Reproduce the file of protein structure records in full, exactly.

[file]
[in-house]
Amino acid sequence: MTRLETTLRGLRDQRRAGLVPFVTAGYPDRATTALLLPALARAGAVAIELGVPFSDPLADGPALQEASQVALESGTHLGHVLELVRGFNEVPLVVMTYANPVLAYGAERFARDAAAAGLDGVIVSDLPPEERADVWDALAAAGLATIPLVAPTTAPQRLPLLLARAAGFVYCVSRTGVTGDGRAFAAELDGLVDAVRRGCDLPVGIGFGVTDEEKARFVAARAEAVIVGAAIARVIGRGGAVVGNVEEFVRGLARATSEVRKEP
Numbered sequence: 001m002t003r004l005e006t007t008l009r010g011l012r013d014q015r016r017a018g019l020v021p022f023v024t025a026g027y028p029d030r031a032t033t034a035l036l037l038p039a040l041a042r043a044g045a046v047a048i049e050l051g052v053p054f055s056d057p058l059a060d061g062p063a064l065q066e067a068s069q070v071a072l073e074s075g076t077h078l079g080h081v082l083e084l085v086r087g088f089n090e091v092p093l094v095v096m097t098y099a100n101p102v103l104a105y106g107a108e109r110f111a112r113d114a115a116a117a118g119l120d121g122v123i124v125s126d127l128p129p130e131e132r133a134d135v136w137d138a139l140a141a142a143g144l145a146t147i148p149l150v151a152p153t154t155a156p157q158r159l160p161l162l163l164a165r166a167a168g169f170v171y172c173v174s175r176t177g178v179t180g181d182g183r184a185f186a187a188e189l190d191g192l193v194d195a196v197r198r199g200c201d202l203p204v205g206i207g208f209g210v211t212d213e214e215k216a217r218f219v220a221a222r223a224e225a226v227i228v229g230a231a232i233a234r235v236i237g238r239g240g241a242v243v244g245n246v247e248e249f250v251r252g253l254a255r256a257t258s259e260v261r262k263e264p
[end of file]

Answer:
[in-house]
Amino acid sequence: MTRLETTLRGLRDQRRAGLVPFVTAGYPDRATTALLLPALARAGAVAIELGVPFSDPLADGPALQEASQVALESGTHLGHVLELVRGFNEVPLVVMTYANPVLAYGAERFARDAAAAGLDGVIVSDLPPEERADVWDALAAAGLATIPLVAPTTAPQRLPLLLARAAGFVYCVSRTGVTGDGRAFAAELDGLVDAVRRGCDLPVGIGFGVTDEEKARFVAARAEAVIVGAAIARVIGRGGAVVGNVEEFVRGLARATSEVRKEP
Numbered sequence: 001m002t003r004l005e006t007t008l009r010g011l012r013d014q015r016r017a018g019l020v021p022f023v024t025a026g027y028p029d030r031a032t033t034a035l036l037l038p039a040l041a042r043a044g045a046v047a048i049e050l051g052v053p054f055s056d057p058l059a060d061g062p063a064l065q066e067a068s069q070v071a072l073e074s075g076t077h078l079g080h081v082l083e084l085v086r087g088f089n090e091v092p093l094v095v096m097t098y099a100n101p102v103l104a105y106g107a108e109r110f111a112r113d114a115a116a117a118g119l120d121g122v123i124v125s126d127l128p129p130e131e132r133a134d135v136w137d138a139l140a141a142a143g144l145a146t147i148p149l150v151a152p153t154t155a156p157q158r159l160p161l162l163l164a165r166a167a168g169f170v171y172c173v174s175r176t177g178v179t180g181d182g183r184a185f186a187a188e189l190d191g192l193v194d195a196v197r198r199g200c201d202l203p204v205g206i207g208f209g210v211t212d213e214e215k216a217r218f219v220a221a222r223a224e225a226v227i228v229g230a231a232i233a234r235v236i237g238r239g240g241a242v243v244g245n246v247e248e249f250v251r252g253l254a255r256a257t258s259e260v261r262k263e264p